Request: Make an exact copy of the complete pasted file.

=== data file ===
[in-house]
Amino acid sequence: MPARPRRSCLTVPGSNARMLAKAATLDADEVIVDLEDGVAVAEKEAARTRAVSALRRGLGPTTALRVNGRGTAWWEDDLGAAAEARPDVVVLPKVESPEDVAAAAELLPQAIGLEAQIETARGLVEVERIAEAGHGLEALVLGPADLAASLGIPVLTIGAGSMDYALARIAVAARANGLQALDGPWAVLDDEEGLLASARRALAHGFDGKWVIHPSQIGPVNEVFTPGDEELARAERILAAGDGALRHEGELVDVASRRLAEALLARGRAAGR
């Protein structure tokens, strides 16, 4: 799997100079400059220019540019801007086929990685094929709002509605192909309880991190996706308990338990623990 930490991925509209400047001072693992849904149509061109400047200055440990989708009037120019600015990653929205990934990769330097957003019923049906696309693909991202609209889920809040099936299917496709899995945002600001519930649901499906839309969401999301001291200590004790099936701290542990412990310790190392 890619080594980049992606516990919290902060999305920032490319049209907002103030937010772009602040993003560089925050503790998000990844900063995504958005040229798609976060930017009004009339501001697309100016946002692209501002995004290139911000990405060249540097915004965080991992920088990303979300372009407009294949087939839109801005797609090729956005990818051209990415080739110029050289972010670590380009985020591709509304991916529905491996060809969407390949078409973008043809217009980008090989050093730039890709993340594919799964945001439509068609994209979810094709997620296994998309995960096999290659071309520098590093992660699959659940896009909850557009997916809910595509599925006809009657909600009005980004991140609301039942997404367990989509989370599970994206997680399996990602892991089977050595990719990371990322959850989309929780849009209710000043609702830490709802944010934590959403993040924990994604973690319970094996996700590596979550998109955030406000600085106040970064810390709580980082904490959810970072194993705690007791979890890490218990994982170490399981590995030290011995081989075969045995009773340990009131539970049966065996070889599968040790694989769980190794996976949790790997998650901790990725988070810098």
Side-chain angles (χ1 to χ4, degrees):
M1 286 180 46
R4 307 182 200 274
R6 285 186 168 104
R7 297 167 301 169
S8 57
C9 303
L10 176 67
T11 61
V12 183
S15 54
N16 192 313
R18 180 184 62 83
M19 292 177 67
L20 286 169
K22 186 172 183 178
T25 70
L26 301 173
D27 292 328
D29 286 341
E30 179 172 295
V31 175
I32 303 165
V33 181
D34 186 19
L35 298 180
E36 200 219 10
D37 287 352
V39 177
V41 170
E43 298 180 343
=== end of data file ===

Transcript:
[in-house]
Amino acid sequence: MPARPRRSCLTVPGSNARMLAKAATLDADEVIVDLEDGVAVAEKEAARTRAVSALRRGLGPTTALRVNGRGTAWWEDDLGAAAEARPDVVVLPKVESPEDVAAAAELLPQAIGLEAQIETARGLVEVERIAEAGHGLEALVLGPADLAASLGIPVLTIGAGSMDYALARIAVAARANGLQALDGPWAVLDDEEGLLASARRALAHGFDGKWVIHPSQIGPVNEVFTPGDEELARAERILAAGDGALRHEGELVDVASRRLAEALLARGRAAGR
């Protein structure tokens, strides 16, 4: 799997100079400059220019540019801007086929990685094929709002509605192909309880991190996706308990338990623990 930490991925509209400047001072693992849904149509061109400047200055440990989708009037120019600015990653929205990934990769330097957003019923049906696309693909991202609209889920809040099936299917496709899995945002600001519930649901499906839309969401999301001291200590004790099936701290542990412990310790190392 890619080594980049992606516990919290902060999305920032490319049209907002103030937010772009602040993003560089925050503790998000990844900063995504958005040229798609976060930017009004009339501001697309100016946002692209501002995004290139911000990405060249540097915004965080991992920088990303979300372009407009294949087939839109801005797609090729956005990818051209990415080739110029050289972010670590380009985020591709509304991916529905491996060809969407390949078409973008043809217009980008090989050093730039890709993340594919799964945001439509068609994209979810094709997620296994998309995960096999290659071309520098590093992660699959659940896009909850557009997916809910595509599925006809009657909600009005980004991140609301039942997404367990989509989370599970994206997680399996990602892991089977050595990719990371990322959850989309929780849009209710000043609702830490709802944010934590959403993040924990994604973690319970094996996700590596979550998109955030406000600085106040970064810390709580980082904490959810970072194993705690007791979890890490218990994982170490399981590995030290011995081989075969045995009773340990009131539970049966065996070889599968040790694989769980190794996976949790790997998650901790990725988070810098």
Side-chain angles (χ1 to χ4, degrees):
M1 286 180 46
R4 307 182 200 274
R6 285 186 168 104
R7 297 167 301 169
S8 57
C9 303
L10 176 67
T11 61
V12 183
S15 54
N16 192 313
R18 180 184 62 83
M19 292 177 67
L20 286 169
K22 186 172 183 178
T25 70
L26 301 173
D27 292 328
D29 286 341
E30 179 172 295
V31 175
I32 303 165
V33 181
D34 186 19
L35 298 180
E36 200 219 10
D37 287 352
V39 177
V41 170
E43 298 180 343